As a hockey player and fan alike, it is very important to familiarize yourself with the rules of the game. A fundamental part of understanding the game of hockey is learning about the different kinds of penalties that can be called against players and teams.
One of the most frequently-called penalties is interference. This is essentially a penalty that is called when a player hits or impedes the progress of their opponent when that opponent doesn’t have the puck.
However, the actual penalty and the rules surrounding it are a lot more detailed than that. Without any further ado, let’s take a closer look at the interference penalty, how it can be caused, the penalty for it, and more.
What is Interference in Hockey?
As briefly mentioned, interference is when a player uses their body to halt the progress of an opponent who isn’t currently in possession of the puck. In most cases, interference is called when the offending player makes no effort to play the puck or maintain their skating lane.
If you, as a player, deliberately block a player to keep them out of play, without a need, don’t be surprised when you get called for interference.
Interference can happen because of a late hit on a previous puck-carrier, or if someone away from the play entirely is hit or impeded. Also, in some cases, interference is called when a player tries to stop their opponent from picking up a stick that they have dropped during play.
Different Ways Interference Can Be Caused
When most people think of interference, they visualize a player who is off the puck being hit by an opponent. However, there are actually a variety of different situations that can lead to an interference penalty being caused.
A player could be called for playing the body and not the puck during a face-off, knocking someone’s stick out of their hands, stopping them from picking up dropped equipment, and even throwing objects in front of an opponent.
Also, playing a “pick” in the path of an opponent without first establishing proper body position can lead to the penalty being called. Even stopping another opponent from being able to apply pressure on one of your teammates is often enough to warrant the call from the ref.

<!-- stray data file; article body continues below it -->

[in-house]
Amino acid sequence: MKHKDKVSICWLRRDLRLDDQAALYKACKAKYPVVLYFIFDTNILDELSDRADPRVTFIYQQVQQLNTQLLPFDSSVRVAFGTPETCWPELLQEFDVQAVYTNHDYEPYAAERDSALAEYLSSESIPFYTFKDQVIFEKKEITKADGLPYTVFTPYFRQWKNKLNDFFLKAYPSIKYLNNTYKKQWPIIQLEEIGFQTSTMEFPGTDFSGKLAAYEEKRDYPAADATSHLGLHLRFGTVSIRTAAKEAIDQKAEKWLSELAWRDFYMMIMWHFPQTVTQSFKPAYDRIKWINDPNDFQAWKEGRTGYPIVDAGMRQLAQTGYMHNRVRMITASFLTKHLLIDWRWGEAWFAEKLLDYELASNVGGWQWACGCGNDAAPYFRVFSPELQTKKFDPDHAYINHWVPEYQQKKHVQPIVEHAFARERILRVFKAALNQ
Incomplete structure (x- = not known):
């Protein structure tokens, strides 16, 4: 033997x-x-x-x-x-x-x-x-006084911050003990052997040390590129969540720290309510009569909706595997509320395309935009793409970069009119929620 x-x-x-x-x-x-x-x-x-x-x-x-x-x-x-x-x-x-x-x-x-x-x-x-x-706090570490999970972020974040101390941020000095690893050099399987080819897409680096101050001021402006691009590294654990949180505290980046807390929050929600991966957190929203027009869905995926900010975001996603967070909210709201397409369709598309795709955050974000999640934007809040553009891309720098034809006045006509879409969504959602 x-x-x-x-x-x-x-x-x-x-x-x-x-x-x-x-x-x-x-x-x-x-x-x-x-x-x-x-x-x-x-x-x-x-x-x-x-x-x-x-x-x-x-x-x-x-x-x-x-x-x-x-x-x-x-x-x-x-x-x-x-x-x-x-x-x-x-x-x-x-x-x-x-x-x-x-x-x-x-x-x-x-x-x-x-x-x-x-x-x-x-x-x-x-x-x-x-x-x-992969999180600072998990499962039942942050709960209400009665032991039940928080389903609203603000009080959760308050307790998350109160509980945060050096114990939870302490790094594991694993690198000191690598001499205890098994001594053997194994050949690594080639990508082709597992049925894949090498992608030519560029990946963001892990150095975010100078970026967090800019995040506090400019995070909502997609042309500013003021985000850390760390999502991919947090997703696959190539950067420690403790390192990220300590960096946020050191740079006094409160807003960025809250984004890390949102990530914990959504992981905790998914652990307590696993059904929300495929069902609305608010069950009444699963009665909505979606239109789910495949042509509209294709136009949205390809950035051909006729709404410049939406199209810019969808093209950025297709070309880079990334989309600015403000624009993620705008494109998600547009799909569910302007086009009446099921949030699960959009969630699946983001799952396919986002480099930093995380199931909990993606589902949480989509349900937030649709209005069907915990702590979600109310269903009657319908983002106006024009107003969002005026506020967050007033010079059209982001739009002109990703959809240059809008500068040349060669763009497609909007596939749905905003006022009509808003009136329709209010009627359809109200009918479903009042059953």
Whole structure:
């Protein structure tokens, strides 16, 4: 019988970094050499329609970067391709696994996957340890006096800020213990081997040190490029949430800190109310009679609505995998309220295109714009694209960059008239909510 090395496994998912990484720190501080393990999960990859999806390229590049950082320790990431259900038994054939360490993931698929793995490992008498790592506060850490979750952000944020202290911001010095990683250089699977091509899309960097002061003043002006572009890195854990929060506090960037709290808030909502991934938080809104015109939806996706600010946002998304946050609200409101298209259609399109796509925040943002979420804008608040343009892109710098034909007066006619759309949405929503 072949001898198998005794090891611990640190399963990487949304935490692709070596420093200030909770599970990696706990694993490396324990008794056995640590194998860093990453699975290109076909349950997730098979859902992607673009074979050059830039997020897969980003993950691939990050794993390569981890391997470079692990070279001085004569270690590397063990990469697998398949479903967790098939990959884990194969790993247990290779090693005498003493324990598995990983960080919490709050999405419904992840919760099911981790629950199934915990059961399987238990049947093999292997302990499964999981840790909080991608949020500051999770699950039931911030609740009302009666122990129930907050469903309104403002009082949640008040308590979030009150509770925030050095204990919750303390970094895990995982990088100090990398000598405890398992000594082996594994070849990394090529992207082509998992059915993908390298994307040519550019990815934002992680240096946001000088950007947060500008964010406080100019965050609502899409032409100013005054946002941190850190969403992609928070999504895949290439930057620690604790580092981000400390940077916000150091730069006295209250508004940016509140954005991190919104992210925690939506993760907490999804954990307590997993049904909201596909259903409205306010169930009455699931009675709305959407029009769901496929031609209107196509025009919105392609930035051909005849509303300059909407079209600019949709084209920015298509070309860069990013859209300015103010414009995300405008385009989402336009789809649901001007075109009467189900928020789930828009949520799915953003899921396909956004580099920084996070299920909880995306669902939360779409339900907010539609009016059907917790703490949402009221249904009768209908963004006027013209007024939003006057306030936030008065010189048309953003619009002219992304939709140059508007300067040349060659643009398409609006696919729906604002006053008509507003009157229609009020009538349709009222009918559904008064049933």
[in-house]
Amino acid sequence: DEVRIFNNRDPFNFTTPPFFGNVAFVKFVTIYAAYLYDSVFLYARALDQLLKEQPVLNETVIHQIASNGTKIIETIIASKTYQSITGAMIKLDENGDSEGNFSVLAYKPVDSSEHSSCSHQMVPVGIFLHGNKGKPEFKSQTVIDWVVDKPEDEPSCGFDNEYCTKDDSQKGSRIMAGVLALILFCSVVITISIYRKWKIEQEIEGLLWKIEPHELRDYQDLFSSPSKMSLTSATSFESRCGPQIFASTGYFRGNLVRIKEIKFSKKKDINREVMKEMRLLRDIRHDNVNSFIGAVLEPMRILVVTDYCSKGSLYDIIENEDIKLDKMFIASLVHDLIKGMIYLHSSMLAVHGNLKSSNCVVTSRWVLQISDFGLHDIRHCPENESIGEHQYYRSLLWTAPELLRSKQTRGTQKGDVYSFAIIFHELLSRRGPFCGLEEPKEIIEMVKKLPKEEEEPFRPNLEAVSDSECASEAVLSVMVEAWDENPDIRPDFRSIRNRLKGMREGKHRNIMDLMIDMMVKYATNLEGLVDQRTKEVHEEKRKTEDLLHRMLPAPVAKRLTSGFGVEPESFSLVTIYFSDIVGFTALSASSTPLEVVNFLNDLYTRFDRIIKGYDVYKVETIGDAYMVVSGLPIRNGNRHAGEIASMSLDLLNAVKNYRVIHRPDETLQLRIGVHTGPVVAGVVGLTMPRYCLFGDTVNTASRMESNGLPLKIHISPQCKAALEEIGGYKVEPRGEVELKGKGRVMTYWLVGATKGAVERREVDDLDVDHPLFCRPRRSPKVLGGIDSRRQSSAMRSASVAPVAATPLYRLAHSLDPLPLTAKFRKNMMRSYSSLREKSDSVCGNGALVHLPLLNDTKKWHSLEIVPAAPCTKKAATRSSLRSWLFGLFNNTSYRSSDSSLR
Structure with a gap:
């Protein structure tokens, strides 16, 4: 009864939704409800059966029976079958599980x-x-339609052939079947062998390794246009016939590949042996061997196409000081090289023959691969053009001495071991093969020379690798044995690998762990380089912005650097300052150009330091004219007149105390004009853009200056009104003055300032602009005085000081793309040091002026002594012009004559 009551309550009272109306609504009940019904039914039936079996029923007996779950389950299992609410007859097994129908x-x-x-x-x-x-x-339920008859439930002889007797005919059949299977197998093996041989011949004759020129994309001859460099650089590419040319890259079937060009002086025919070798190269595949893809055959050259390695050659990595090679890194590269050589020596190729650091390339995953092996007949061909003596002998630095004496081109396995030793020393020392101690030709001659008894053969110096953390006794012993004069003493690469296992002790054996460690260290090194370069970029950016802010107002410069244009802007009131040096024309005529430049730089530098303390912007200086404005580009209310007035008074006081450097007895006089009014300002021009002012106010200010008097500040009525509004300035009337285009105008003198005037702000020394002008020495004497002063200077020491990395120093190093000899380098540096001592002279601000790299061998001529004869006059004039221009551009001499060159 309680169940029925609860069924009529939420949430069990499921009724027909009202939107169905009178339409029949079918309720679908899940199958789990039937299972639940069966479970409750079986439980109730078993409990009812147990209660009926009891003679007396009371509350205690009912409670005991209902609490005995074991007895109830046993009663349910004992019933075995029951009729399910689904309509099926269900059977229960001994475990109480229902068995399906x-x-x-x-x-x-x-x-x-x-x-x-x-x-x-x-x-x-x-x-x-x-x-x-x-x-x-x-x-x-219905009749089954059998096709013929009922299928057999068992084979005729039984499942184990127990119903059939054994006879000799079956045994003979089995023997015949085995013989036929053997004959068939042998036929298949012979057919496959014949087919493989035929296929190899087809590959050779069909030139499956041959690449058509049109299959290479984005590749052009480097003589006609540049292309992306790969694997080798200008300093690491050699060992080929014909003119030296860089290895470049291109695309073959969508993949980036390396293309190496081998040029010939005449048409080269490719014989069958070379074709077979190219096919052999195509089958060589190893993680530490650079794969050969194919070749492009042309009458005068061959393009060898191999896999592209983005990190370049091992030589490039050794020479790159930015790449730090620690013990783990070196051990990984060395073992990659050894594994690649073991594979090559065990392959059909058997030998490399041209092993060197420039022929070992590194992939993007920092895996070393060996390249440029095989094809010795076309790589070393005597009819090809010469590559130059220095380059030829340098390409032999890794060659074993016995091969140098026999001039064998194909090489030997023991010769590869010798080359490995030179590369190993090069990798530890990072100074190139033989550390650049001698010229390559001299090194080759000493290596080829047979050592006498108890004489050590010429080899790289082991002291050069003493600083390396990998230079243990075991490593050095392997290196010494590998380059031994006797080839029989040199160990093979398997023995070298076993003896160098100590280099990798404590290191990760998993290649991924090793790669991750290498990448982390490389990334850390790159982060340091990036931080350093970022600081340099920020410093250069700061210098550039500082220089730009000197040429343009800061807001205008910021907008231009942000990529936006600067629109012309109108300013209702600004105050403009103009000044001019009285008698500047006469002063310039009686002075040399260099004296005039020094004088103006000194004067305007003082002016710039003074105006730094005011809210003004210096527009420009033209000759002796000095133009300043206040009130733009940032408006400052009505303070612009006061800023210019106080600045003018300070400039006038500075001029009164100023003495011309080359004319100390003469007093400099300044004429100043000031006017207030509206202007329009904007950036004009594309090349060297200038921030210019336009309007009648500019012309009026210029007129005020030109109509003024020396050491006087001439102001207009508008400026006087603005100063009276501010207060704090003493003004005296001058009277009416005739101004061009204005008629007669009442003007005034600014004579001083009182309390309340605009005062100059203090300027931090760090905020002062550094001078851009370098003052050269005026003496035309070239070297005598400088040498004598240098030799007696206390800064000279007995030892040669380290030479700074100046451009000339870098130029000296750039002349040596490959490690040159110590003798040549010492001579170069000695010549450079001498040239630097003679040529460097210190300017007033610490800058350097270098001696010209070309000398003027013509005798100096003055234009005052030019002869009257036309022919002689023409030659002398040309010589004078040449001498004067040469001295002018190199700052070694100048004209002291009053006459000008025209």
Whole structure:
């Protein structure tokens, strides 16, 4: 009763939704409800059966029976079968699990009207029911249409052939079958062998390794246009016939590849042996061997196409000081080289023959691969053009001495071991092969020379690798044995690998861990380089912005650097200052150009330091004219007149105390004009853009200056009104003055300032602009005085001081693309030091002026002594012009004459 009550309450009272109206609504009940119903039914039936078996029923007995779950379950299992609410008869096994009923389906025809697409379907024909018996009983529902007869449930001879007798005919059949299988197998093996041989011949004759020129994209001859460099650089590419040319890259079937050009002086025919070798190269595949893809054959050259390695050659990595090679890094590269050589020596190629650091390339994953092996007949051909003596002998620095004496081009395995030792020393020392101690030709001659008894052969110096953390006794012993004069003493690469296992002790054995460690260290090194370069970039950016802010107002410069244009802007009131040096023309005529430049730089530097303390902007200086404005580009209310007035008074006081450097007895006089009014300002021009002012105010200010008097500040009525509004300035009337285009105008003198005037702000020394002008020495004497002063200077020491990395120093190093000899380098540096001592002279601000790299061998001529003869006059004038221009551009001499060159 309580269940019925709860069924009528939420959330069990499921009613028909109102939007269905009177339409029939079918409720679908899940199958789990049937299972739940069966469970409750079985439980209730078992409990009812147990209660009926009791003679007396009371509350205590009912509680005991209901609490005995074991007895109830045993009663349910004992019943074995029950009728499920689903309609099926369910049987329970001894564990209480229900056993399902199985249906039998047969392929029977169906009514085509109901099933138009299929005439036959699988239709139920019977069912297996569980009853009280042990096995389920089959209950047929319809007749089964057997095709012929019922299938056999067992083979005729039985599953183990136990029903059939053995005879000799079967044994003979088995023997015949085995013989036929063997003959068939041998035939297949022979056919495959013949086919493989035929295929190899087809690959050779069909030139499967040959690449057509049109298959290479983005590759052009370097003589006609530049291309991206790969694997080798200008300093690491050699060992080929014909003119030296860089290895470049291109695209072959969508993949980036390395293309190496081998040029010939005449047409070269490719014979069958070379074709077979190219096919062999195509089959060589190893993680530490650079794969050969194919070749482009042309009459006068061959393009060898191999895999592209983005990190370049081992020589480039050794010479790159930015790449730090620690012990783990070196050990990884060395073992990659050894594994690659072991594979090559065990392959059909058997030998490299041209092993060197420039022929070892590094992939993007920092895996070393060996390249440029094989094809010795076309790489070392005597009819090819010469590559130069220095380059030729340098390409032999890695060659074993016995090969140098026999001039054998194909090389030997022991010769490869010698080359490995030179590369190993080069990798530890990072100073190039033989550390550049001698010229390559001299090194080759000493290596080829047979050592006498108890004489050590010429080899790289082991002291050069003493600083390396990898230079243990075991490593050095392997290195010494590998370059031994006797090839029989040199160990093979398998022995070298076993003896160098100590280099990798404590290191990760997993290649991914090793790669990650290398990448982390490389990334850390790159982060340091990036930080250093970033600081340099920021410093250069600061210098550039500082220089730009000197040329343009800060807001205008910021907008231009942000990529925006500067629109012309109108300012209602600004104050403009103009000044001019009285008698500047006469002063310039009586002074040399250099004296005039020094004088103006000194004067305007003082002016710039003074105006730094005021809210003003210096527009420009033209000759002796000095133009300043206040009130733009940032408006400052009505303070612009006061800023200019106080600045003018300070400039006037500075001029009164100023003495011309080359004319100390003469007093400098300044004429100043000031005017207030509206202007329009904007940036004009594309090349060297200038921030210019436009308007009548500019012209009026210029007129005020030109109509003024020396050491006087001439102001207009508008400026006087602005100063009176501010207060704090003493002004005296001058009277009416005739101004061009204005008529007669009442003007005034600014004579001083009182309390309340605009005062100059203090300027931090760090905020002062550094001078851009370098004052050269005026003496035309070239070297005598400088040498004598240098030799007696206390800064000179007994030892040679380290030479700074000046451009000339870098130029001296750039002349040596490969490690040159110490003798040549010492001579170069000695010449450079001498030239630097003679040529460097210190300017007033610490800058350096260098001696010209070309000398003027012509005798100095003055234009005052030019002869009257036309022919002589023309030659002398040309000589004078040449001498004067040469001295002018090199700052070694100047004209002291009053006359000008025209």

What is the Penalty for Interference?
So how much time can you expect to spend in the penalty box if you get called for interference? In most cases, interference will only be a two-minute minor penalty called on the offending player. However, there are times when a harsher penalty is given.
If interference is overly violent, deemed incredibly unnecessary, or leads to an injury, a major penalty or game misconduct penalty will often be called. This will be a five-minute penalty at least and could lead to the player being removed from the game, as well.
Also, if a player on the bench grabs or otherwise impedes a player on the ice, a minor bench penalty will often be called by the ref. Fines can indeed also be given to players as a result of interference, but that is up to the league to decide on a case-by-case basis.
While interference is generally called for contact between forwards and/or defenders, goaltender interference can indeed happen and is a penalty. A goalie interference call will be made when a player hits or makes contact with a goalie.
Specifically, when this contact restricts the ability of the goalie to move and make a play on the puck. Whether on purpose or accidental, goalie interference will still be called.
Often, video replays are used to judge whether a play was actually goalie interference or not, as it can be difficult to see and judge in real-time. In most cases (like with standard interference) a minor penalty will be given if a player interferes with a goalie.
I hope that this guide has helped you learn a little more about interference in hockey and how it works. Be sure to leave me a comment if you feel I have left something out, or if you have a question for me.About Kale